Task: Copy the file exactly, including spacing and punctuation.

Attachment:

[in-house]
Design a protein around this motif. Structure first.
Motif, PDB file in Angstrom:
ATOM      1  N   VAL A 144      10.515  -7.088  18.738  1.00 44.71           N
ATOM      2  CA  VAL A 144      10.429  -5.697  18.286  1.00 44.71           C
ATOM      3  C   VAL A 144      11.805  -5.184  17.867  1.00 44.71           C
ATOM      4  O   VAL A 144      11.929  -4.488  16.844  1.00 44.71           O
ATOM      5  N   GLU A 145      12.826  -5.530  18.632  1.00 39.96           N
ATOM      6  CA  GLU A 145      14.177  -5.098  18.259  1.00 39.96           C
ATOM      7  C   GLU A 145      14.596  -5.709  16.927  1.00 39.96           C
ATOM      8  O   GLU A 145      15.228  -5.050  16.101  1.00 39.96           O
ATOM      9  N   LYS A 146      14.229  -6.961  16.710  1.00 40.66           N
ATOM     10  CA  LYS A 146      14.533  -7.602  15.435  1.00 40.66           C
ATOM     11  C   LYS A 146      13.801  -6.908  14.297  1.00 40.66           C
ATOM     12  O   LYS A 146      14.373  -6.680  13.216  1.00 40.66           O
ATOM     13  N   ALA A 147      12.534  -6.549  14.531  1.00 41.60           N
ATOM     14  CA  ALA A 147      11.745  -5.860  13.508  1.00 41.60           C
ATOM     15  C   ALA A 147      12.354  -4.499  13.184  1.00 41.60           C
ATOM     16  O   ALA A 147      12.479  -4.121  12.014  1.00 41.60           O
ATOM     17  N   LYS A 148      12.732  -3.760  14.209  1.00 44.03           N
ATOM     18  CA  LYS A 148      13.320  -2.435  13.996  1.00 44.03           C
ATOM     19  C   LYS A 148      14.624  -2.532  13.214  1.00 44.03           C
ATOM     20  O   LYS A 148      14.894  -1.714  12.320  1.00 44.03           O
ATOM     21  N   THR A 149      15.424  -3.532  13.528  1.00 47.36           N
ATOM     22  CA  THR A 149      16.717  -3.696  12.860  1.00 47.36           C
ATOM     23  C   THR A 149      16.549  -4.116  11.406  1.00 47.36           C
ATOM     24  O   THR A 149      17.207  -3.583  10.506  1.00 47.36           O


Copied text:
[in-house]
Design a protein around this motif. Structure first.
Motif, PDB file in Angstrom:
ATOM      1  N   VAL A 144      10.515  -7.088  18.738  1.00 44.71           N
ATOM      2  CA  VAL A 144      10.429  -5.697  18.286  1.00 44.71           C
ATOM      3  C   VAL A 144      11.805  -5.184  17.867  1.00 44.71           C
ATOM      4  O   VAL A 144      11.929  -4.488  16.844  1.00 44.71           O
ATOM      5  N   GLU A 145      12.826  -5.530  18.632  1.00 39.96           N
ATOM      6  CA  GLU A 145      14.177  -5.098  18.259  1.00 39.96           C
ATOM      7  C   GLU A 145      14.596  -5.709  16.927  1.00 39.96           C
ATOM      8  O   GLU A 145      15.228  -5.050  16.101  1.00 39.96           O
ATOM      9  N   LYS A 146      14.229  -6.961  16.710  1.00 40.66           N
ATOM     10  CA  LYS A 146      14.533  -7.602  15.435  1.00 40.66           C
ATOM     11  C   LYS A 146      13.801  -6.908  14.297  1.00 40.66           C
ATOM     12  O   LYS A 146      14.373  -6.680  13.216  1.00 40.66           O
ATOM     13  N   ALA A 147      12.534  -6.549  14.531  1.00 41.60           N
ATOM     14  CA  ALA A 147      11.745  -5.860  13.508  1.00 41.60           C
ATOM     15  C   ALA A 147      12.354  -4.499  13.184  1.00 41.60           C
ATOM     16  O   ALA A 147      12.479  -4.121  12.014  1.00 41.60           O
ATOM     17  N   LYS A 148      12.732  -3.760  14.209  1.00 44.03           N
ATOM     18  CA  LYS A 148      13.320  -2.435  13.996  1.00 44.03           C
ATOM     19  C   LYS A 148      14.624  -2.532  13.214  1.00 44.03           C
ATOM     20  O   LYS A 148      14.894  -1.714  12.320  1.00 44.03           O
ATOM     21  N   THR A 149      15.424  -3.532  13.528  1.00 47.36           N
ATOM     22  CA  THR A 149      16.717  -3.696  12.860  1.00 47.36           C
ATOM     23  C   THR A 149      16.549  -4.116  11.406  1.00 47.36           C
ATOM     24  O   THR A 149      17.207  -3.583  10.506  1.00 47.36           O